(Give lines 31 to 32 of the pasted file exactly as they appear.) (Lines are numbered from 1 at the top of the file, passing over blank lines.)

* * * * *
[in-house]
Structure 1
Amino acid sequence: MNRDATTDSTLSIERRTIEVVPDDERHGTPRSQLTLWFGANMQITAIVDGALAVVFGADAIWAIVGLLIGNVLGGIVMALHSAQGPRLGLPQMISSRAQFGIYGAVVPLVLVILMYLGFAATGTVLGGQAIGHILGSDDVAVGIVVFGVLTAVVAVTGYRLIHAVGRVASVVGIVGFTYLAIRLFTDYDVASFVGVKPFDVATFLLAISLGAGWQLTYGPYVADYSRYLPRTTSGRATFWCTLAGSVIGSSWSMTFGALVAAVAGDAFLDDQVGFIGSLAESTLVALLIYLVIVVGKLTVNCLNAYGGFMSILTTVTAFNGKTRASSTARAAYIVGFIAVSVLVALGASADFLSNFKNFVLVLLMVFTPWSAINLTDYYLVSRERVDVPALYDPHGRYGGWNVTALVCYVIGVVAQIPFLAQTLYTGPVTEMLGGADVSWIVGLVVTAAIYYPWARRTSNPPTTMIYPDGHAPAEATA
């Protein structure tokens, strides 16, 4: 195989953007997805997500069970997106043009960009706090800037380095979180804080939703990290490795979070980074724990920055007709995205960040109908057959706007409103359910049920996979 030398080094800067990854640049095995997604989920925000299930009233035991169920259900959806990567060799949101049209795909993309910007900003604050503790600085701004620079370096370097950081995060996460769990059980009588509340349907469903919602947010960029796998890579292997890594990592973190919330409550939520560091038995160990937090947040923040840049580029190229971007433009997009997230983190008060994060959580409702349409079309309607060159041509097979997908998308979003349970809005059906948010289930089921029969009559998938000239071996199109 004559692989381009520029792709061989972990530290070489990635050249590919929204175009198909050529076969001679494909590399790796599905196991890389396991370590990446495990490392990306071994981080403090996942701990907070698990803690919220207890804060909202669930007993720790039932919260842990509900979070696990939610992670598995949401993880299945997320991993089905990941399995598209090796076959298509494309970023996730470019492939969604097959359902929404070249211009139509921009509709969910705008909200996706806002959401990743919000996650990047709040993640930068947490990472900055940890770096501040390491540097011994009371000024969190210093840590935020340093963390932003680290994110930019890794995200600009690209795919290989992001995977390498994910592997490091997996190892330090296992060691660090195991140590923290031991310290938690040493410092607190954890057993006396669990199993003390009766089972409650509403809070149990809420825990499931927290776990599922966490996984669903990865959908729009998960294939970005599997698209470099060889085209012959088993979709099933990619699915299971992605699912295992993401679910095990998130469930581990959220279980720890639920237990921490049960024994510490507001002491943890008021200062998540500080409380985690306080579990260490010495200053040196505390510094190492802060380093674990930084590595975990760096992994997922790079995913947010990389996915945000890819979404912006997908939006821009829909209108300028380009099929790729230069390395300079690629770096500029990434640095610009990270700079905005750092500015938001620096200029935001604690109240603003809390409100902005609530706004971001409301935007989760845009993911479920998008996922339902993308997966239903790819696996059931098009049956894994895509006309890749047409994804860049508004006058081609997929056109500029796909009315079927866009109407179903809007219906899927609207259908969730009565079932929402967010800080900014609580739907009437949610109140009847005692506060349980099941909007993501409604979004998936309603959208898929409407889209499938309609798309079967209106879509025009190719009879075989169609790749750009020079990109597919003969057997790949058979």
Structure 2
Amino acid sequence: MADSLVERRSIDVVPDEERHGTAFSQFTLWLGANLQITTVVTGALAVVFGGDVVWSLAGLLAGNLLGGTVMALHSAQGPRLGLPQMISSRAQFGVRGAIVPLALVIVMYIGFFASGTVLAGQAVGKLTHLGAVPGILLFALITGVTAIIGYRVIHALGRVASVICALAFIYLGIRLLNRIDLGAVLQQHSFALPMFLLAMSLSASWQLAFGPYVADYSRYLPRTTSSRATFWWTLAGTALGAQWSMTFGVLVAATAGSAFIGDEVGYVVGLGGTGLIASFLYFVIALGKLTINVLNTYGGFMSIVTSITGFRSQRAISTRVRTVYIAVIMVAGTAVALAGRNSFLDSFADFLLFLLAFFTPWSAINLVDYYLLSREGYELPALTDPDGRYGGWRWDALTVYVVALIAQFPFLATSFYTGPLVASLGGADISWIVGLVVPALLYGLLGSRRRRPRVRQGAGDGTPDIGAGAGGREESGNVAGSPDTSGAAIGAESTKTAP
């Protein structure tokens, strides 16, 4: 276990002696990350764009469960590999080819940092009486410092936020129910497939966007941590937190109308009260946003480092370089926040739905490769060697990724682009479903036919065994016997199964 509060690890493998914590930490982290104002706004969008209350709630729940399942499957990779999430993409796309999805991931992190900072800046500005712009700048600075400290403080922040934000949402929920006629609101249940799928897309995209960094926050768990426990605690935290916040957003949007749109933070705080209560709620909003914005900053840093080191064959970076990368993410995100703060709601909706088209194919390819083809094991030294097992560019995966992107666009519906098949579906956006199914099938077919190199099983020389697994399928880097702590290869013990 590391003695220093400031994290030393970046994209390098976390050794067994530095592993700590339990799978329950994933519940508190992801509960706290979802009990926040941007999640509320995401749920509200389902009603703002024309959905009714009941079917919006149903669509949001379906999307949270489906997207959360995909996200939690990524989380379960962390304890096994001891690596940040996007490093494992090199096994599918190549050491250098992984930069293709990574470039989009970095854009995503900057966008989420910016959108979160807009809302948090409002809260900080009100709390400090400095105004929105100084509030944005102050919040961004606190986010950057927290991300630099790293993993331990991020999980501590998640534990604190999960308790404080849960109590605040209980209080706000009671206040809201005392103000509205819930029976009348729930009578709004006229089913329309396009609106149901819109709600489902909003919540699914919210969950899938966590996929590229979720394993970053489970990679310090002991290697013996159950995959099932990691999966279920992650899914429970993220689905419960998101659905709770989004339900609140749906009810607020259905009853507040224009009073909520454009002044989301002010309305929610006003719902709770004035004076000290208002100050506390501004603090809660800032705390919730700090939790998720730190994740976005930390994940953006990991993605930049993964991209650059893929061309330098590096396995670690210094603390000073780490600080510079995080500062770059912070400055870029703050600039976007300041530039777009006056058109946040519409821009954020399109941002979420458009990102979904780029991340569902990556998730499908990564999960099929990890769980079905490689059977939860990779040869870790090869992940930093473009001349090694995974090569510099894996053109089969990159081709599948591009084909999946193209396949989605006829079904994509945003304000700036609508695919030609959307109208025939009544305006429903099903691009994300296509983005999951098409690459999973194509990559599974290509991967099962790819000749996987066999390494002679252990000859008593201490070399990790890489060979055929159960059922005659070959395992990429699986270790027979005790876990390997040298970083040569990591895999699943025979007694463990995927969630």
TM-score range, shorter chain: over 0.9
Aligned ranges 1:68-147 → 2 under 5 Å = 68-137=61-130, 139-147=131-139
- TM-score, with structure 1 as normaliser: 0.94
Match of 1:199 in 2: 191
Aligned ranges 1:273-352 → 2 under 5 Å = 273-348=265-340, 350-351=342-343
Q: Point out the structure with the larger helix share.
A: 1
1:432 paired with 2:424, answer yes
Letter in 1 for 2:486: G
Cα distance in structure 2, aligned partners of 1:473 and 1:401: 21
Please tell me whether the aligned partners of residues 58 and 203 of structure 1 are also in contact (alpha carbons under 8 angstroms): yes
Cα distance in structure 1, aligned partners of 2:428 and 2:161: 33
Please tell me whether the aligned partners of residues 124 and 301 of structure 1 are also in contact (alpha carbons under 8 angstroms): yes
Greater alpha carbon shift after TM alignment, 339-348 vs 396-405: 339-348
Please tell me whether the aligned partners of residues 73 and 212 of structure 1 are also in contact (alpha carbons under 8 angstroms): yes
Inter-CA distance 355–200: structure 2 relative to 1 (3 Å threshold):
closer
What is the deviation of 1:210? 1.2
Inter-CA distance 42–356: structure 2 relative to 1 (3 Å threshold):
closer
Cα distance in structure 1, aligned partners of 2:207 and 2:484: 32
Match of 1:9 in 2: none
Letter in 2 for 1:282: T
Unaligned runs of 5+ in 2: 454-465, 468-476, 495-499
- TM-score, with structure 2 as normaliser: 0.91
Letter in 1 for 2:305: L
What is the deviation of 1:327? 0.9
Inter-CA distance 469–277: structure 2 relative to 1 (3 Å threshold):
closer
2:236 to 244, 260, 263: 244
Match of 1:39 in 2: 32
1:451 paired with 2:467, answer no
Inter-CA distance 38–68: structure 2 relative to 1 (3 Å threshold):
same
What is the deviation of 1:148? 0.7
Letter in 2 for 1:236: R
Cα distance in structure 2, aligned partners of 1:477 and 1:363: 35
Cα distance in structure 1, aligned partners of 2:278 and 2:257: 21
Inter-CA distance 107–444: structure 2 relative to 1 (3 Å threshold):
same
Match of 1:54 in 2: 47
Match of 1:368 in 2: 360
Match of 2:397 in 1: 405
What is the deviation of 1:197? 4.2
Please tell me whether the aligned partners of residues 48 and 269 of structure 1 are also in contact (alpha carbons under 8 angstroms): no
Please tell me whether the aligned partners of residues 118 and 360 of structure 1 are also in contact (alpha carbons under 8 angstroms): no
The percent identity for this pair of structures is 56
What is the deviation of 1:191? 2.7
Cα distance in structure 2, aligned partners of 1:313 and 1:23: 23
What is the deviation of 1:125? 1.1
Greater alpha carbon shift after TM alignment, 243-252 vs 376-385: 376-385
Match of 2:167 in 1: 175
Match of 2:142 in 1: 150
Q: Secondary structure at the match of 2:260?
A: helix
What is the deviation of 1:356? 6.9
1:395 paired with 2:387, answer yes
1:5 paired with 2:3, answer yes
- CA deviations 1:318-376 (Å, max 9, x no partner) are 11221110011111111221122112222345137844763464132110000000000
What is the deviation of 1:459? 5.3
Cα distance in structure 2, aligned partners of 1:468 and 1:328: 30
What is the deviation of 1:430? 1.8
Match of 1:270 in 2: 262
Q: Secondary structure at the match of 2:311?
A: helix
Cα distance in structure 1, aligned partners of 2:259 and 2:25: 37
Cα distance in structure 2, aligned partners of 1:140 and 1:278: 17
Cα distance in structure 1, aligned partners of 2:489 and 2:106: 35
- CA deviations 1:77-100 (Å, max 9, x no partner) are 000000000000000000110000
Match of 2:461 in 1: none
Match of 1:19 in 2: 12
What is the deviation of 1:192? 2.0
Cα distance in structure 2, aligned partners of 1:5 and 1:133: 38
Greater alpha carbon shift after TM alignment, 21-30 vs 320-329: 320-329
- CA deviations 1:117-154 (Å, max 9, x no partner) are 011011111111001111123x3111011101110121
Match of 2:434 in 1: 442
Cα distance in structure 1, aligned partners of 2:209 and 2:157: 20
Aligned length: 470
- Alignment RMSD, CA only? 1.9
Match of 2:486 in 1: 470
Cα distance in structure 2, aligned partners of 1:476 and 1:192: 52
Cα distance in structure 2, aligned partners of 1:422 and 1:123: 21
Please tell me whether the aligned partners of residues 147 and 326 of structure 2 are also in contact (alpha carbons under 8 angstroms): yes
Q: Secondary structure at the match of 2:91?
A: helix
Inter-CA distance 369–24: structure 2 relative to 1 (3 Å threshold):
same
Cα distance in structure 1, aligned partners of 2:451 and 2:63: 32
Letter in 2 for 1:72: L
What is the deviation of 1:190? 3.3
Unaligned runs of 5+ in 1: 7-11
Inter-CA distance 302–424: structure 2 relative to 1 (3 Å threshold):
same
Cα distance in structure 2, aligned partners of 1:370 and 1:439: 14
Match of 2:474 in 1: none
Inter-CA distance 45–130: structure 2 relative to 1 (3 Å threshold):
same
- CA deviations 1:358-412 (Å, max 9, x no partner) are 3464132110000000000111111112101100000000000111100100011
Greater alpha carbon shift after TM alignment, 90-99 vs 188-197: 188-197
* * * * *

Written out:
Unaligned runs of 5+ in 2: 454-465, 468-476, 495-499
- TM-score, with structure 2 as normaliser: 0.91